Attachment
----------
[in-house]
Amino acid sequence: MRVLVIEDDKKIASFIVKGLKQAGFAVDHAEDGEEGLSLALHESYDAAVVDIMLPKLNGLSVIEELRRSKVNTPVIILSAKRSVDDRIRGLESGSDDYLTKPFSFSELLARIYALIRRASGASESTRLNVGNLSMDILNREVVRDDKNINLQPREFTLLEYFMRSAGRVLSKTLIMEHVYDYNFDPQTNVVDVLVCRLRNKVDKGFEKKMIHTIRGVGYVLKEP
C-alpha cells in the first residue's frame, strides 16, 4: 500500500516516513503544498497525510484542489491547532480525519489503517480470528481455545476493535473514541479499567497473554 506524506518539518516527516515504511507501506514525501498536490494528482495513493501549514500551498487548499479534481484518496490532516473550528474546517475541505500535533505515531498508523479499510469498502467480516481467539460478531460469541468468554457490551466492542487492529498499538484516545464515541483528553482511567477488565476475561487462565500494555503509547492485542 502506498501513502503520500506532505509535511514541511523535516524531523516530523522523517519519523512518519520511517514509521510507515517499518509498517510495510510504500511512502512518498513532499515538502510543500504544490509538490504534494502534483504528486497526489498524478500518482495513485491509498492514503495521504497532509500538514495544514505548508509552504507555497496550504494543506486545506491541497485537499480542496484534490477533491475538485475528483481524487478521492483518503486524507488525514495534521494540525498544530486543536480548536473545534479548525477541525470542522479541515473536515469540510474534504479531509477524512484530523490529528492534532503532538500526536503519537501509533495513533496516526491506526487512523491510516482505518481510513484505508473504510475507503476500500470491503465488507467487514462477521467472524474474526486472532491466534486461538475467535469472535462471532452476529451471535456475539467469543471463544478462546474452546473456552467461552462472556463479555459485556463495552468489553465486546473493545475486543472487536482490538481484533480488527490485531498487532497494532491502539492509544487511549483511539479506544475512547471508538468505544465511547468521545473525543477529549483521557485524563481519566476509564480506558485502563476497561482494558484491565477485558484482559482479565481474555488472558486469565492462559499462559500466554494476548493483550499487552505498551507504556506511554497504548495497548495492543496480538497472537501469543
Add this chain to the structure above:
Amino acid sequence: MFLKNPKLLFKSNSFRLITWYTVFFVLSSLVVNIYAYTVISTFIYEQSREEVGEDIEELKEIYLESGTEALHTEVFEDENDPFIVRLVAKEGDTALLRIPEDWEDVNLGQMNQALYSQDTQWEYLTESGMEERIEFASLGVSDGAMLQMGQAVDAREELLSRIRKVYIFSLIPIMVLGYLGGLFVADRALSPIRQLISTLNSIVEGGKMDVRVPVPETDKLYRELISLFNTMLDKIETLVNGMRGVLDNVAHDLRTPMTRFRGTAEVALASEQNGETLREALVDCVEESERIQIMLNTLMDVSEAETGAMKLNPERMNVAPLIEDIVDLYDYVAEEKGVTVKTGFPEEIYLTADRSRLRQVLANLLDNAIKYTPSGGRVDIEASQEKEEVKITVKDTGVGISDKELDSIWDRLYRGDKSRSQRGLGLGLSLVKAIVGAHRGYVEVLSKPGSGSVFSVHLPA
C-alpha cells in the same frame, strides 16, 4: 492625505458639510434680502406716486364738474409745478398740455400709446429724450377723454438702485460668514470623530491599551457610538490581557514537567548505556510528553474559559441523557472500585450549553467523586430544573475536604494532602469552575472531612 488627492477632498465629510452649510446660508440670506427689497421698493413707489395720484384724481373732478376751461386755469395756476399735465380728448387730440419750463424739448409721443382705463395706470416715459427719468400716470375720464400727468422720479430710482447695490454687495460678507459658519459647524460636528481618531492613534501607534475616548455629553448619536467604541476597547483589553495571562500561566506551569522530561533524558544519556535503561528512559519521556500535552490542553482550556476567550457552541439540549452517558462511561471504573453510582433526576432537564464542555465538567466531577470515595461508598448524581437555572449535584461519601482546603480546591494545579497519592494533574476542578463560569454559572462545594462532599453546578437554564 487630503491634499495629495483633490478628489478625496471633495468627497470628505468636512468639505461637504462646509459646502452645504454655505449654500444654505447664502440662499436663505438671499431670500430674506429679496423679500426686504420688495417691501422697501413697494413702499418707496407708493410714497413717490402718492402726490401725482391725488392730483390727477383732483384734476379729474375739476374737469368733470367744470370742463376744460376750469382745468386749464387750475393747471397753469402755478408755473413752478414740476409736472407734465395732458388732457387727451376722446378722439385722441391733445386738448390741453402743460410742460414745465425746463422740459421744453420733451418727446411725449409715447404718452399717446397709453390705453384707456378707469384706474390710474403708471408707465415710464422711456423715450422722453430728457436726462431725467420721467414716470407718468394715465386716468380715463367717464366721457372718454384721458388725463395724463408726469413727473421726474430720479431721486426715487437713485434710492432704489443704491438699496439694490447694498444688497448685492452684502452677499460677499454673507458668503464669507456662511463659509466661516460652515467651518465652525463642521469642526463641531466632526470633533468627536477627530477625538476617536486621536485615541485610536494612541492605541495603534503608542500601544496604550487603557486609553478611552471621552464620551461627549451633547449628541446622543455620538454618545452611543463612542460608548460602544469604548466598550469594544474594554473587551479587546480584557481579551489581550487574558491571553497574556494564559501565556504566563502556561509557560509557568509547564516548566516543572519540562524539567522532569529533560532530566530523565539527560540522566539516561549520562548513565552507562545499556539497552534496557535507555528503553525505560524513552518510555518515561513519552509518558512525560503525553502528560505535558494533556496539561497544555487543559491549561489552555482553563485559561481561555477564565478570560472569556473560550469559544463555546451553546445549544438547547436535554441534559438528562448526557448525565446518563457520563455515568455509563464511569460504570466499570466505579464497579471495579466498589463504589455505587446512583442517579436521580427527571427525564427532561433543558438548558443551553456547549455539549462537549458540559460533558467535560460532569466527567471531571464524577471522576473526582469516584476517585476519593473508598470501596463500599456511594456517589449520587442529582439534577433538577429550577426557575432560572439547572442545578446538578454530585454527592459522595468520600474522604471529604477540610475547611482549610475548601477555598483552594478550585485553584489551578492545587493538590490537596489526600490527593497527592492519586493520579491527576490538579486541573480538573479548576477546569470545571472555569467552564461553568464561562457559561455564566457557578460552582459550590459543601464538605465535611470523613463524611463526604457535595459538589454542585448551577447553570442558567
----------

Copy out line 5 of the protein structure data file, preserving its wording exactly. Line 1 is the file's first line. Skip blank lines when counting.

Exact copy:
Amino acid sequence: MFLKNPKLLFKSNSFRLITWYTVFFVLSSLVVNIYAYTVISTFIYEQSREEVGEDIEELKEIYLESGTEALHTEVFEDENDPFIVRLVAKEGDTALLRIPEDWEDVNLGQMNQALYSQDTQWEYLTESGMEERIEFASLGVSDGAMLQMGQAVDAREELLSRIRKVYIFSLIPIMVLGYLGGLFVADRALSPIRQLISTLNSIVEGGKMDVRVPVPETDKLYRELISLFNTMLDKIETLVNGMRGVLDNVAHDLRTPMTRFRGTAEVALASEQNGETLREALVDCVEESERIQIMLNTLMDVSEAETGAMKLNPERMNVAPLIEDIVDLYDYVAEEKGVTVKTGFPEEIYLTADRSRLRQVLANLLDNAIKYTPSGGRVDIEASQEKEEVKITVKDTGVGISDKELDSIWDRLYRGDKSRSQRGLGLGLSLVKAIVGAHRGYVEVLSKPGSGSVFSVHLPA